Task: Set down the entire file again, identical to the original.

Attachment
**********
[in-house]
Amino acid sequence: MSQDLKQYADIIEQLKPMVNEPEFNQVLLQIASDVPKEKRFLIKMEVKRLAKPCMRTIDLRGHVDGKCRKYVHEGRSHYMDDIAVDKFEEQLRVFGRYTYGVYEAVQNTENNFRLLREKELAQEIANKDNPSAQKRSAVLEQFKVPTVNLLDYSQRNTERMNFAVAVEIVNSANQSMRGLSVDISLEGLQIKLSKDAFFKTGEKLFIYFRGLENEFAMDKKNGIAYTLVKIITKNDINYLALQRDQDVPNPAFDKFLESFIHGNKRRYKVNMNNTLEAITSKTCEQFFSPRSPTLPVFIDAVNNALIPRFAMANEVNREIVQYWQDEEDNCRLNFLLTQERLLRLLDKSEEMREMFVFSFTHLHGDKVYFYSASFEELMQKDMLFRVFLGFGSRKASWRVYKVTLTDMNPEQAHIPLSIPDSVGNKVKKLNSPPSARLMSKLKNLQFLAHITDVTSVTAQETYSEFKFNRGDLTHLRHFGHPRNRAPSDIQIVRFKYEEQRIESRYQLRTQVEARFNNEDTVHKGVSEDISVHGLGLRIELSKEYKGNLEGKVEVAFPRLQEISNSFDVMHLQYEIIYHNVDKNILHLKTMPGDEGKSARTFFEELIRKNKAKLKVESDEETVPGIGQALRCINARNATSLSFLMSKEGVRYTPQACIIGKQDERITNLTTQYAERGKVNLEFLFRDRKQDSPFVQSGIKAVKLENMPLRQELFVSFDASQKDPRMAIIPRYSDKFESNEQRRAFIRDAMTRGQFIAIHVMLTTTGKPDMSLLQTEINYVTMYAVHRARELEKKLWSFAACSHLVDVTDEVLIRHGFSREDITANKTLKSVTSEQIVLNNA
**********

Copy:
[in-house]
Amino acid sequence: MSQDLKQYADIIEQLKPMVNEPEFNQVLLQIASDVPKEKRFLIKMEVKRLAKPCMRTIDLRGHVDGKCRKYVHEGRSHYMDDIAVDKFEEQLRVFGRYTYGVYEAVQNTENNFRLLREKELAQEIANKDNPSAQKRSAVLEQFKVPTVNLLDYSQRNTERMNFAVAVEIVNSANQSMRGLSVDISLEGLQIKLSKDAFFKTGEKLFIYFRGLENEFAMDKKNGIAYTLVKIITKNDINYLALQRDQDVPNPAFDKFLESFIHGNKRRYKVNMNNTLEAITSKTCEQFFSPRSPTLPVFIDAVNNALIPRFAMANEVNREIVQYWQDEEDNCRLNFLLTQERLLRLLDKSEEMREMFVFSFTHLHGDKVYFYSASFEELMQKDMLFRVFLGFGSRKASWRVYKVTLTDMNPEQAHIPLSIPDSVGNKVKKLNSPPSARLMSKLKNLQFLAHITDVTSVTAQETYSEFKFNRGDLTHLRHFGHPRNRAPSDIQIVRFKYEEQRIESRYQLRTQVEARFNNEDTVHKGVSEDISVHGLGLRIELSKEYKGNLEGKVEVAFPRLQEISNSFDVMHLQYEIIYHNVDKNILHLKTMPGDEGKSARTFFEELIRKNKAKLKVESDEETVPGIGQALRCINARNATSLSFLMSKEGVRYTPQACIIGKQDERITNLTTQYAERGKVNLEFLFRDRKQDSPFVQSGIKAVKLENMPLRQELFVSFDASQKDPRMAIIPRYSDKFESNEQRRAFIRDAMTRGQFIAIHVMLTTTGKPDMSLLQTEINYVTMYAVHRARELEKKLWSFAACSHLVDVTDEVLIRHGFSREDITANKTLKSVTSEQIVLNNA